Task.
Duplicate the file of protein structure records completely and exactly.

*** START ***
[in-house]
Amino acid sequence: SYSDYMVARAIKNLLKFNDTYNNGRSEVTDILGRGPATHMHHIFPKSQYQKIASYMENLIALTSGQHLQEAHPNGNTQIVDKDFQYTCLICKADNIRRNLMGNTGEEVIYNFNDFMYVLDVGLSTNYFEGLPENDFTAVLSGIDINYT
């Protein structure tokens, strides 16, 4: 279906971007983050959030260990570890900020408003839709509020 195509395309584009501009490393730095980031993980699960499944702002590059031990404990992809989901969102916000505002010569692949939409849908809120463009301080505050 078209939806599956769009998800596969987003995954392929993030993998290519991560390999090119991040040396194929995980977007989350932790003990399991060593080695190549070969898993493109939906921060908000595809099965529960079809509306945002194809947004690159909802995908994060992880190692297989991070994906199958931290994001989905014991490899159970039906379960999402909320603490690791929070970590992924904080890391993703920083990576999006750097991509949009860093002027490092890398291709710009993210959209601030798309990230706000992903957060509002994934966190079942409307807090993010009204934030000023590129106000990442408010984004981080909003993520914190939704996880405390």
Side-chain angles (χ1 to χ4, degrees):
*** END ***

[in-house]
Amino acid sequence: SYSDYMVARAIKNLLKFNDTYNNGRSEVTDILGRGPATHMHHIFPKSQYQKIASYMENLIALTSGQHLQEAHPNGNTQIVDKDFQYTCLICKADNIRRNLMGNTGEEVIYNFNDFMYVLDVGLSTNYFEGLPENDFTAVLSGIDINYT
């Protein structure tokens, strides 16, 4: 279906971007983050959030260990570890900020408003839709509020 195509395309584009501009490393730095980031993980699960499944702002590059031990404990992809989901969102916000505002010569692949939409849908809120463009301080505050 078209939806599956769009998800596969987003995954392929993030993998290519991560390999090119991040040396194929995980977007989350932790003990399991060593080695190549070969898993493109939906921060908000595809099965529960079809509306945002194809947004690159909802995908994060992880190692297989991070994906199958931290994001989905014991490899159970039906379960999402909320603490690791929070970590992924904080890391993703920083990576999006750097991509949009860093002027490092890398291709710009993210959209601030798309990230706000992903957060509002994934966190079942409307807090993010009204934030000023590129106000990442408010984004981080909003993520914190939704996880405390």
Side-chain angles (χ1 to χ4, degrees):